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State v. Matthews

Court of Appeals of Arizona, First Division

August 14, 2018

STATE OF ARIZONA, Appellee,
v.
BRIAN JAMEL MATTHEWS, Appellant.

          Appeal from the Superior Court in Maricopa County No. CR2016-123728-001 The Honorable Alfred M. Fenzel, Judge Retired

          Arizona Attorney General's Office, Phoenix By William Scott Simon Counsel for Appellee

          Maricopa County Public Defender's Office, Phoenix By Carlos Daniel Carrion Counsel for Appellant

          Judge Kent E. Cattani delivered the opinion of the Court, in which Presiding Judge Diane M. Johnsen and Judge Jennifer M. Perkins joined.

          OPINION

          CATTANI, Judge.

         ¶1 Brian Jamel Matthews appeals his conviction and sentence for resisting arrest. He argues that the superior court erred by designating two arresting officers as victims and thus allowing the officers to refuse pretrial defense interviews under Arizona's Victims' Bill of Rights. Matthews further argues that the court erred by declining to instruct the jury (1) that passive resistance is a lesser-included offense of resisting arrest, and (2) regarding excessive force by law enforcement officers. We hold that multiple arresting officers can be victims of a single charge of resisting arrest under Arizona Revised Statutes ("A.R.S.") § 13-2508(A)(1), and that such victims retain the right to refuse pretrial defense interviews. We further hold that passive resistance is not a lesser-included offense of resisting arrest through physical force, and that the evidence did not support Matthews's requested excessive force instruction. Accordingly, and for reasons that follow, we affirm Matthews's conviction and sentence.

         FACTS AND PROCEDURAL BACKGROUND

         ¶2 In May 2016, two Phoenix Police officers patrolling a south Phoenix neighborhood recognized Matthews walking down the street. Knowing that he had an outstanding warrant, the officers turned their patrol car around to stop him, and one of the officers called out to Matthews and made eye contact with him, but he continued walking. Once the officers drew closer, Matthews stopped and sat on a small electrical box, but when one of the officers told Matthews there was an outstanding warrant for his arrest, Matthews abruptly stood up. The officers grabbed Matthews by his arms, but he nevertheless tried to leave. The officers pinned Matthews against a wall, but Matthews kept his arms in front of him and lunged back and forth. The officers ordered him to stop resisting, but he continued to struggle, so they brought him to the ground. One officer placed his knee on Matthews's back, and the officers together were able to pull his arms behind his back to handcuff him.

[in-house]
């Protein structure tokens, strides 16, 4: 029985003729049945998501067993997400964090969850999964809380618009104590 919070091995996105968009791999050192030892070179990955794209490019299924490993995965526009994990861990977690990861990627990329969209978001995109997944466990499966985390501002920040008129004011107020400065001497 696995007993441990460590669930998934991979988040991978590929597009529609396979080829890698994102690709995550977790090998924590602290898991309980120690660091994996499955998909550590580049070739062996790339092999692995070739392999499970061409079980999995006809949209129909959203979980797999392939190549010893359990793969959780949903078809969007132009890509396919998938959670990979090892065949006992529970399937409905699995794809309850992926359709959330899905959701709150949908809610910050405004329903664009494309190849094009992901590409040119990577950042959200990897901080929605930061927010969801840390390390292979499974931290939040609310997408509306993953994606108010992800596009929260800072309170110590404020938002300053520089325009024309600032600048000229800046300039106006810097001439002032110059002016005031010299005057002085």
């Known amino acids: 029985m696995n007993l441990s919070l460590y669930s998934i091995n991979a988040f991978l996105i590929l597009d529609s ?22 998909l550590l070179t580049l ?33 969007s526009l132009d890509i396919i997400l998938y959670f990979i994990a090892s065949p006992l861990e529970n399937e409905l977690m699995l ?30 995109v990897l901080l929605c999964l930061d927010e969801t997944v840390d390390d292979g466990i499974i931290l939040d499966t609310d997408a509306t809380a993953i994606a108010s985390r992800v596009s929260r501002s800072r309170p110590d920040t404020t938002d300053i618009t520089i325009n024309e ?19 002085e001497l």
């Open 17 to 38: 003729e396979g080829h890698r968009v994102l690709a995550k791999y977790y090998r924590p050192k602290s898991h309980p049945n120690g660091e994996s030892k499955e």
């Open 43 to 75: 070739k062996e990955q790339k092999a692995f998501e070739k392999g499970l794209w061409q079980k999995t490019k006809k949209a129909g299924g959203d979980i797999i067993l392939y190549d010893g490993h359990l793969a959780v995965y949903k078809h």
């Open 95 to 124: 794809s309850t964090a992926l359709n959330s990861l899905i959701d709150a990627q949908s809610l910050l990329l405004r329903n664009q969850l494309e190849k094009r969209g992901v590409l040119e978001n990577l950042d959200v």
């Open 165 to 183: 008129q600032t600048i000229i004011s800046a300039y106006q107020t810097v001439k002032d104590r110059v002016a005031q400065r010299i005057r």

¶3 Matthews had been shot in the back about two months earlier and was still undergoing rehabilitation. After the arrest, Matthews had to be taken to the hospital for injuries related to the gunshot wound.

         ¶4 The State charged Matthews with one count of resisting arrest "by using or threatening to use physical force against the peace officer(s)." Following a jury trial, he was convicted as charged, and the superior court sentenced him to three years' imprisonment. Matthews timely appealed, and we have jurisdiction under A.R.S. § 13-4033(A).

         DISCUSSION

         1. Designating the Officers as Victims.

         ¶5 Matthews contends that the superior court erred by finding that the two police officers who arrested him were victims under the Victims' Bill of Rights. See Ariz. Const. art. 2. We review the superior court's interpretation of this constitutional provision de novo. State ex rel. Montgomery v. Padilla, 238 Ariz. 560, 564, ¶ 12 (App. 2015).

         ¶6 The Victims' Bill of Rights defines a "victim" as a person "against whom the criminal offense has been committed." Ariz. Const. art. 2, ยง 2.1(C). A victim has the right to refuse a pretrial ...


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